MEPS 273:291-302 (2004)  -  doi:10.3354/meps273291

Network structure and robustness of marine food webs

Jennifer A. Dunne1,4,*, Richard J. Williams2,4, Neo D. Martinez3,4

1Santa Fe Institute, 1399 Hyde Park Road, Santa Fe, New Mexico 87501, USA
2National Center for Ecological Analysis and Synthesis, University of California Santa Barbara, 735 State St., Suite 300, Santa Barbara, California 93101-3351, USA
3Center for Applied Mathematics, 657 Frank HT Rhodes Hall, Cornell University, Ithaca, New York 14853, USA
4Pacific Ecoinformatics and Computational Ecology Lab, Rocky Mountain Biological Laboratory, PO Box 519, Crested Butte, Colorado 81224, USA

ABSTRACT: Previous studies suggest that food-web theory has yet to account for major differences in food-web properties of marine versus other types of ecosystems. We examined this issue by analyzing the network structure of food webs for the Northeast US Shelf, a Caribbean reef, and Benguela, off South Africa. The values of connectance (links per species2), link density (links per species), mean chain length, and fractions of intermediate, omnivorous, and cannibalistic taxa of these marine webs are somewhat high but still within the ranges observed in other webs. We further compared the marine webs by using the empirically corroborated niche model that accounts for observed variation in diversity (taxon number) and complexity (connectance). Our results substantiate previously reported results for estuarine, fresh-water, and terrestrial datasets, which suggests that food webs from different types of ecosystems with variable diversity and complexity share fundamental structural and ordering characteristics. Analyses of potential secondary extinctions resulting from species loss show that the structural robustness of marine food webs is also consistent with trends from other food webs. As expected, given their relatively high connectance, marine food webs appear fairly robust to loss of most-connected taxa as well as random taxa. Still, the short average path length between marine taxa (1.6 links) suggests that effects from perturbations, such as overfishing, can be transmitted more widely throughout marine ecosystems than previously appreciated.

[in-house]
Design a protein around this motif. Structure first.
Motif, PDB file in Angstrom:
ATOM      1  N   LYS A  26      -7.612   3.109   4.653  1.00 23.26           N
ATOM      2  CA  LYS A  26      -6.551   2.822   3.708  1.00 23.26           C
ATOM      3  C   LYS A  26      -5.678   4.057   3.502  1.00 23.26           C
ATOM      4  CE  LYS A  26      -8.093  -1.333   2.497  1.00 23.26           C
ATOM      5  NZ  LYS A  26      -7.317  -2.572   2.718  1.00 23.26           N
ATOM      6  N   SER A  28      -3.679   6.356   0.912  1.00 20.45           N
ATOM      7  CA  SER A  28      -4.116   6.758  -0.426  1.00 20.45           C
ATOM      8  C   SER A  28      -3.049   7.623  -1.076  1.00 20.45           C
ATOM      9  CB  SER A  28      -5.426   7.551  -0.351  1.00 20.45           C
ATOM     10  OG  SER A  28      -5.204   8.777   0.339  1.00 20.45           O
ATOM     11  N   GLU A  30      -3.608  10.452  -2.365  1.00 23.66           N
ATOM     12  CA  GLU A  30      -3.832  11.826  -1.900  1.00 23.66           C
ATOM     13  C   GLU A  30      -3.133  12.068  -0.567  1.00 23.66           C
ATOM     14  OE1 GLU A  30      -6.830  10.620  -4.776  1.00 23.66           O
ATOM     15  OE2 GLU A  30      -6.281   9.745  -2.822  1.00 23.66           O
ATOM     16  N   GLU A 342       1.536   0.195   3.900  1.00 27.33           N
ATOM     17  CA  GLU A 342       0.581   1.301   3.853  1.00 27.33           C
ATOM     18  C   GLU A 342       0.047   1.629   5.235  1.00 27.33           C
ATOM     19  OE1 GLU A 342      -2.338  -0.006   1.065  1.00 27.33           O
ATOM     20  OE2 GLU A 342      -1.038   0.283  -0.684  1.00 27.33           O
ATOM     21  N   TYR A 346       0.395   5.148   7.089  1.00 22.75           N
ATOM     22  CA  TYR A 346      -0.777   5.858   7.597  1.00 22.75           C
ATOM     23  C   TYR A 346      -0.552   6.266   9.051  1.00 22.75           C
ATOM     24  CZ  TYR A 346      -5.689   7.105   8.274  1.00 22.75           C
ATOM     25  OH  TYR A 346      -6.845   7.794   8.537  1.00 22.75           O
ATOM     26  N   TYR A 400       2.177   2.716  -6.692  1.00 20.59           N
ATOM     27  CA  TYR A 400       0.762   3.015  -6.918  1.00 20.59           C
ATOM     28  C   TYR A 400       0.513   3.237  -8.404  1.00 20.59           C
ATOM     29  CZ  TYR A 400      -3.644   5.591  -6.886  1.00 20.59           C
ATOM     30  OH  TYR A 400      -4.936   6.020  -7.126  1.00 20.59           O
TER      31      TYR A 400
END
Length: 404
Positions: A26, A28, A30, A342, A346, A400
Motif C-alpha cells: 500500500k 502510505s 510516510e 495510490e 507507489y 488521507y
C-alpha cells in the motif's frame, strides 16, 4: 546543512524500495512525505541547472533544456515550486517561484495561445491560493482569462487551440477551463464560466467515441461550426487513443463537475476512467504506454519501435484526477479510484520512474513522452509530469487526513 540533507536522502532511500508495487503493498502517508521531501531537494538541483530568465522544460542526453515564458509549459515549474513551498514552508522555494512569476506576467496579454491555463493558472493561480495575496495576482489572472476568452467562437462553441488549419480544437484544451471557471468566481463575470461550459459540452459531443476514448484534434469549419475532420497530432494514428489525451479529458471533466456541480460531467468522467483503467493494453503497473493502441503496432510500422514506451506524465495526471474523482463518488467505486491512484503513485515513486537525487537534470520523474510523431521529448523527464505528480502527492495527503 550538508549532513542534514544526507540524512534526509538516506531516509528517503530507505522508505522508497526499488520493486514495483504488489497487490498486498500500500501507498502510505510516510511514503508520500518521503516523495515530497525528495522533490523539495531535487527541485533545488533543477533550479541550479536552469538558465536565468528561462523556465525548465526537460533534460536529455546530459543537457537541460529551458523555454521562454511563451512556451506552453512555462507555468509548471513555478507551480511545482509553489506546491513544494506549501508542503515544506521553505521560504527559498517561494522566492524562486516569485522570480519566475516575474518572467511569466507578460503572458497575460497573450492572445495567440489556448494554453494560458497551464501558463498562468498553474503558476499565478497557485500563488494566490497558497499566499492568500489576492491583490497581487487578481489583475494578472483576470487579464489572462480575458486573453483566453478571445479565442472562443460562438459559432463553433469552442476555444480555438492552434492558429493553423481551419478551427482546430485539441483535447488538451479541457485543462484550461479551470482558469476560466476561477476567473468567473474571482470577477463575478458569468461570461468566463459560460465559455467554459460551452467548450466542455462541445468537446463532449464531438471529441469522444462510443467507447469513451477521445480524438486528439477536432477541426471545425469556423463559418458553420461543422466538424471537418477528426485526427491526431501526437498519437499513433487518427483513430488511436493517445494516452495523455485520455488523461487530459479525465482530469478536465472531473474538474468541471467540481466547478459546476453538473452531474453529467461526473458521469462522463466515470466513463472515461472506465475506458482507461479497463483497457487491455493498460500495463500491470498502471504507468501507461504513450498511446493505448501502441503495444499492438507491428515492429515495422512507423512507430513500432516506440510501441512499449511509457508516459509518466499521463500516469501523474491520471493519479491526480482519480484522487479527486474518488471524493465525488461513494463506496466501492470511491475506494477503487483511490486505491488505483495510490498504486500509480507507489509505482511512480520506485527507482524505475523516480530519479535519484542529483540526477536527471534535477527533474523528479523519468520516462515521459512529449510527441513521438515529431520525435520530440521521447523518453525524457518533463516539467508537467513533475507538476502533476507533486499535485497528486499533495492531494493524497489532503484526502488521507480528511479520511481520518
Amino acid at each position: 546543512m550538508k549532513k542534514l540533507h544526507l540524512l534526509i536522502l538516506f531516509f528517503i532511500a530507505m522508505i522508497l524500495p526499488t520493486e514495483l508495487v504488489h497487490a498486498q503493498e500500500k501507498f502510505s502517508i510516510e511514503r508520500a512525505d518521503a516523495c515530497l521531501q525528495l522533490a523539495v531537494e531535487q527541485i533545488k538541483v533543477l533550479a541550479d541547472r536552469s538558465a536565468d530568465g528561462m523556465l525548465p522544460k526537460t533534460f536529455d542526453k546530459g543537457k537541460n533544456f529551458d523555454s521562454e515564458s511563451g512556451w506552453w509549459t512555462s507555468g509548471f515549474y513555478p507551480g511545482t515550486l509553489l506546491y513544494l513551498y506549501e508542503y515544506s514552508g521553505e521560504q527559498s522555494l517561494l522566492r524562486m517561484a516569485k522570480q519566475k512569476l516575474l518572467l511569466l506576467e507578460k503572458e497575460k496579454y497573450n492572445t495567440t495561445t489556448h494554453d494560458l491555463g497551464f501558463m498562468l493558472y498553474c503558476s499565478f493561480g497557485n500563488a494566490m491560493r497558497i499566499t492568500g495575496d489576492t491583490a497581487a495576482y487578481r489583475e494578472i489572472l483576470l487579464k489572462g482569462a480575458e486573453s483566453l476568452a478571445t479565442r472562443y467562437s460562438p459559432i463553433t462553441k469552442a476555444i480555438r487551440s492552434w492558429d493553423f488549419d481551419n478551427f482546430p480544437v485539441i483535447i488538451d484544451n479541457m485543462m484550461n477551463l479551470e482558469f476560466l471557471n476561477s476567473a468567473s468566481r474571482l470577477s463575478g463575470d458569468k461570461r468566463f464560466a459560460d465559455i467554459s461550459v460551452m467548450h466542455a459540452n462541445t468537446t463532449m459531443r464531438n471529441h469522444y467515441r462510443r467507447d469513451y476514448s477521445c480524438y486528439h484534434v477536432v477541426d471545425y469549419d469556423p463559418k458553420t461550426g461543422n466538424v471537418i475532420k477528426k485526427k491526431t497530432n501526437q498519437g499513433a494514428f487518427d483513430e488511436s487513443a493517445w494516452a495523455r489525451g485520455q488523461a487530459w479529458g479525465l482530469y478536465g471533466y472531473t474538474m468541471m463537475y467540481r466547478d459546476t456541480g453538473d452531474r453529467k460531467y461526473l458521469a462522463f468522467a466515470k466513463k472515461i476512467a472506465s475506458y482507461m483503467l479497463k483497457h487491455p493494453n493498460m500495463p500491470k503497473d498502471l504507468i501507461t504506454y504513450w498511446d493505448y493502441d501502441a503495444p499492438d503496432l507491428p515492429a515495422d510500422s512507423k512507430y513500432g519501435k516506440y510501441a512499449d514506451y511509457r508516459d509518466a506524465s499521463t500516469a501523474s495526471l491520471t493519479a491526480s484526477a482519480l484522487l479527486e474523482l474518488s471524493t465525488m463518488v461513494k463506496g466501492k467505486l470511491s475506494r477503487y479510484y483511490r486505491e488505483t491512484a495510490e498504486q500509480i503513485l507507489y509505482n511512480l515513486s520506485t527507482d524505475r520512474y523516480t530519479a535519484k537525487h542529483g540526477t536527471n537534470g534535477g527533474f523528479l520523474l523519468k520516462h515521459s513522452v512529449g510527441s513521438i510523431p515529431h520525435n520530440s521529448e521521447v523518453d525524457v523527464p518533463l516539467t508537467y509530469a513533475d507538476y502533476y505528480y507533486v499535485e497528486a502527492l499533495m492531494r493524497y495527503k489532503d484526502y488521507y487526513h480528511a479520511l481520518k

KEY WORDS: Food webs · Network structure · Marine ecosystems · Robustness · Connectance · Niche model · Biodiversity loss


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